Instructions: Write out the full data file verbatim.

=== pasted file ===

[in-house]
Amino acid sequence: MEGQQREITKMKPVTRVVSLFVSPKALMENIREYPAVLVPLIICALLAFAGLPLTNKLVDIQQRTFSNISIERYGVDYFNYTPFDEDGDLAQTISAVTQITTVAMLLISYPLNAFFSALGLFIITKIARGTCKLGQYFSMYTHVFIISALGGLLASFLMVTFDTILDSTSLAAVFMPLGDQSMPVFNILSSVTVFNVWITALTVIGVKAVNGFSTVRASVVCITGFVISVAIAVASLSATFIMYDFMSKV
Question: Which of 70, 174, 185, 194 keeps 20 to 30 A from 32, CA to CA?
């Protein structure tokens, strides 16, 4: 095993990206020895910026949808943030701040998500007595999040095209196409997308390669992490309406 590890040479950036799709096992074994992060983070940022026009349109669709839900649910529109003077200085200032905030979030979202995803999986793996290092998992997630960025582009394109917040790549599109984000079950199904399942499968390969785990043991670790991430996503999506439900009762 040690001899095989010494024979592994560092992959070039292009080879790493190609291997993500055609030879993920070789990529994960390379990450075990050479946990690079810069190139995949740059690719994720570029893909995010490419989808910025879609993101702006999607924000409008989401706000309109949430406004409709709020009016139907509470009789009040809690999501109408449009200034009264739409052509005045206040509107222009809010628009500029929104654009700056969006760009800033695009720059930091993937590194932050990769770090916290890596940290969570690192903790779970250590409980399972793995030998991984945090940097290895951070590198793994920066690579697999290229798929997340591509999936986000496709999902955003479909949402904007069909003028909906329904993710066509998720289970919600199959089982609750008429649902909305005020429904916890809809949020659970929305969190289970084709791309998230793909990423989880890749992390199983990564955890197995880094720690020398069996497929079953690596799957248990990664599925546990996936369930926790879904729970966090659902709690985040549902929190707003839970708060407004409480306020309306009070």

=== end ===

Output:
[in-house]
Amino acid sequence: MEGQQREITKMKPVTRVVSLFVSPKALMENIREYPAVLVPLIICALLAFAGLPLTNKLVDIQQRTFSNISIERYGVDYFNYTPFDEDGDLAQTISAVTQITTVAMLLISYPLNAFFSALGLFIITKIARGTCKLGQYFSMYTHVFIISALGGLLASFLMVTFDTILDSTSLAAVFMPLGDQSMPVFNILSSVTVFNVWITALTVIGVKAVNGFSTVRASVVCITGFVISVAIAVASLSATFIMYDFMSKV
Question: Which of 70, 174, 185, 194 keeps 20 to 30 A from 32, CA to CA?
């Protein structure tokens, strides 16, 4: 095993990206020895910026949808943030701040998500007595999040095209196409997308390669992490309406 590890040479950036799709096992074994992060983070940022026009349109669709839900649910529109003077200085200032905030979030979202995803999986793996290092998992997630960025582009394109917040790549599109984000079950199904399942499968390969785990043991670790991430996503999506439900009762 040690001899095989010494024979592994560092992959070039292009080879790493190609291997993500055609030879993920070789990529994960390379990450075990050479946990690079810069190139995949740059690719994720570029893909995010490419989808910025879609993101702006999607924000409008989401706000309109949430406004409709709020009016139907509470009789009040809690999501109408449009200034009264739409052509005045206040509107222009809010628009500029929104654009700056969006760009800033695009720059930091993937590194932050990769770090916290890596940290969570690192903790779970250590409980399972793995030998991984945090940097290895951070590198793994920066690579697999290229798929997340591509999936986000496709999902955003479909949402904007069909003028909906329904993710066509998720289970919600199959089982609750008429649902909305005020429904916890809809949020659970929305969190289970084709791309998230793909990423989880890749992390199983990564955890197995880094720690020398069996497929079953690596799957248990990664599925546990996936369930926790879904729970966090659902709690985040549902929190707003839970708060407004409480306020309306009070």